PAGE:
It can be argued that the current range of serial flash solutions are often at odds with application demands. The serial flash devices today have architectures suited to high read performance and lower cost, while power consumption and programming flexibility are sacrificed. Adding these memory devices substantially increases power consumption, reduces the battery life, increases MCU overheads, reduces system performance, and often exceeds the embedded SRAM resources required to temporarily support the external flash during OTA programming and updates.

Figure 2: New protocols and standards are arriving in the wake of new home hubs, media controllers, and building/home automation controllers. [Courtesy Adesto Technologies]
Figure 2: New protocols and standards are arriving in the wake of new home hubs, media controllers, and building/home automation controllers. (Courtesy Adesto Technologies)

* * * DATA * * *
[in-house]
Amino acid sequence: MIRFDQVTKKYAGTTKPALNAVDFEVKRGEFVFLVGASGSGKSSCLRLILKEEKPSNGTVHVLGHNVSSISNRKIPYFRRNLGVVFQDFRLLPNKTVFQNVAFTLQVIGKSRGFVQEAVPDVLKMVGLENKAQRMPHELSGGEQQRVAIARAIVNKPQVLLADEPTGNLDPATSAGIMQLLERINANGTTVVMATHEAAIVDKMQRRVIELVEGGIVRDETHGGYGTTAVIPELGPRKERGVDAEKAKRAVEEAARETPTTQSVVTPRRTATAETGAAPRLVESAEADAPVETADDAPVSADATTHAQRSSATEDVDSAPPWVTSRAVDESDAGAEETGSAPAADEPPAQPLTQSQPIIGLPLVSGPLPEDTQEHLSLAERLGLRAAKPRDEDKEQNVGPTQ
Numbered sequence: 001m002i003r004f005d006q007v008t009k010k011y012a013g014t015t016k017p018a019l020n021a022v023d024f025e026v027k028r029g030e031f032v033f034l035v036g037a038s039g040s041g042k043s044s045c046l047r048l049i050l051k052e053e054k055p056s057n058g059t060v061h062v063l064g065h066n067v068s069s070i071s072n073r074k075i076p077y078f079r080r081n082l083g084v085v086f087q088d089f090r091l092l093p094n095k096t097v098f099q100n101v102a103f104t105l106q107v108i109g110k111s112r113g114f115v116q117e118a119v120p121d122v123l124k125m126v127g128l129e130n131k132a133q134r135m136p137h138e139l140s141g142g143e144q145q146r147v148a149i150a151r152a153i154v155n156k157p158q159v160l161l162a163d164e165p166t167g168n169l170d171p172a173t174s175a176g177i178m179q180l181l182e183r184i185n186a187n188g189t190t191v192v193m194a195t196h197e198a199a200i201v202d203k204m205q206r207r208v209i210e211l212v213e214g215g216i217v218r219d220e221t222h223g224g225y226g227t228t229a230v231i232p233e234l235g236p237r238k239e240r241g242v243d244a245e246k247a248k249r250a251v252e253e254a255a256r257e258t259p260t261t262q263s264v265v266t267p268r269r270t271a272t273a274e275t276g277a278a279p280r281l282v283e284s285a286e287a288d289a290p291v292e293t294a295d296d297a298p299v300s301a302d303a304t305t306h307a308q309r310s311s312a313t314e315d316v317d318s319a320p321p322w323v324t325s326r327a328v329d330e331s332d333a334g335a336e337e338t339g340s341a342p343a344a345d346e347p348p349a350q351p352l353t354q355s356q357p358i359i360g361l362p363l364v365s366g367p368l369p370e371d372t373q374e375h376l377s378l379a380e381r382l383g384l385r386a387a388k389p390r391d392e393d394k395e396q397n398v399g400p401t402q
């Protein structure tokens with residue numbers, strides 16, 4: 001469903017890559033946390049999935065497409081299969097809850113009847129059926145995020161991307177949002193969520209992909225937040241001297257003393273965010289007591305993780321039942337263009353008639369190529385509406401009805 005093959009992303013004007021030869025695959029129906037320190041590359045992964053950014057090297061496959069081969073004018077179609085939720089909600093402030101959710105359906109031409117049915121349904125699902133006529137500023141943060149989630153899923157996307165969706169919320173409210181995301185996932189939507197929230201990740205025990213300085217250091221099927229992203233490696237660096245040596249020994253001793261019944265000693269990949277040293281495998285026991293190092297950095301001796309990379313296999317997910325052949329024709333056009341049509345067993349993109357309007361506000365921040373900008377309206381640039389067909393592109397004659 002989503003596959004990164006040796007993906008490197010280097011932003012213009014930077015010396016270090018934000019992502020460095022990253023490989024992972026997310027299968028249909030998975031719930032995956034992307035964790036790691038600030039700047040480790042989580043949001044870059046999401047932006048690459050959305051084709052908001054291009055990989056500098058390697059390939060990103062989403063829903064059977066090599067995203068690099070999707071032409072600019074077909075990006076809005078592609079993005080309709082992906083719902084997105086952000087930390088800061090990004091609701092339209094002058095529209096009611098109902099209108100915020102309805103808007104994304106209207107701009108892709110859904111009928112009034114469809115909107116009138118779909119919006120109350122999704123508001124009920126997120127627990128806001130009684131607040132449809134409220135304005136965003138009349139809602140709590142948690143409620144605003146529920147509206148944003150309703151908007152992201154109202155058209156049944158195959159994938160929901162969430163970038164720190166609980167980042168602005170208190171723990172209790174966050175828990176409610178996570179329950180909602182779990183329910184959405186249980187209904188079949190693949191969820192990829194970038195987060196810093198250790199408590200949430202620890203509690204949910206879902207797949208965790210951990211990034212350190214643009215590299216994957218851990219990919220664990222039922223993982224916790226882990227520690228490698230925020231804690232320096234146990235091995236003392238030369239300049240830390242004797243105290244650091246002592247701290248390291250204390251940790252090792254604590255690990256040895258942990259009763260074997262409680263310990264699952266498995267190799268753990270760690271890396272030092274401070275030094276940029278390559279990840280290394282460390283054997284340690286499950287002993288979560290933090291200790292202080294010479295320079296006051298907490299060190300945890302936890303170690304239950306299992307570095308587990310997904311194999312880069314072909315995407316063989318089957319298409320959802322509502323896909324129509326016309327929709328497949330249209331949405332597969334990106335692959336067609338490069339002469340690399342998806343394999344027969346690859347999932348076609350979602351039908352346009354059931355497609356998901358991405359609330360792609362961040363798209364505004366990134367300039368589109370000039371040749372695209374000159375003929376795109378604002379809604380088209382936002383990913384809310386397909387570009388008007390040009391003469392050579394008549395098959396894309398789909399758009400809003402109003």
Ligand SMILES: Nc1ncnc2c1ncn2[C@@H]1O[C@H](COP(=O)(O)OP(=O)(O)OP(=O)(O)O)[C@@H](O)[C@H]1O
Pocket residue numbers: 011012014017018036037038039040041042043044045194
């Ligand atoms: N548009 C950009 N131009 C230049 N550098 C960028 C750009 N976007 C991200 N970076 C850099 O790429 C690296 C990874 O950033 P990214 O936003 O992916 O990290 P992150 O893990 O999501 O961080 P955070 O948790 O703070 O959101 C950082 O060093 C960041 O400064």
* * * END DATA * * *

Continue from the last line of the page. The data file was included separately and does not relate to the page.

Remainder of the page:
Factors such as system security are also impacted. This is due to the need to erase and reprogram large blocks of data, the inability to permanently protect factory code images and the generic un-personalized nature of the commodity memory devices—all of which can lead to vulnerabilities in the device trust chain. In addition, components such as voltage regulators may be required to ensure correct operation.

The latest generation of low-density memory devices have architectures and features optimized to address many IoT device and edge node application demands.

  • Wide Voltage Range Operation
    • Devices that support a wide operating voltage (e.g., 1.65V to 4.4V) that matches the VCC range of the host MCU to eliminate the need for additional voltage regulation and maximize battery life.
  • Optimized Operating Power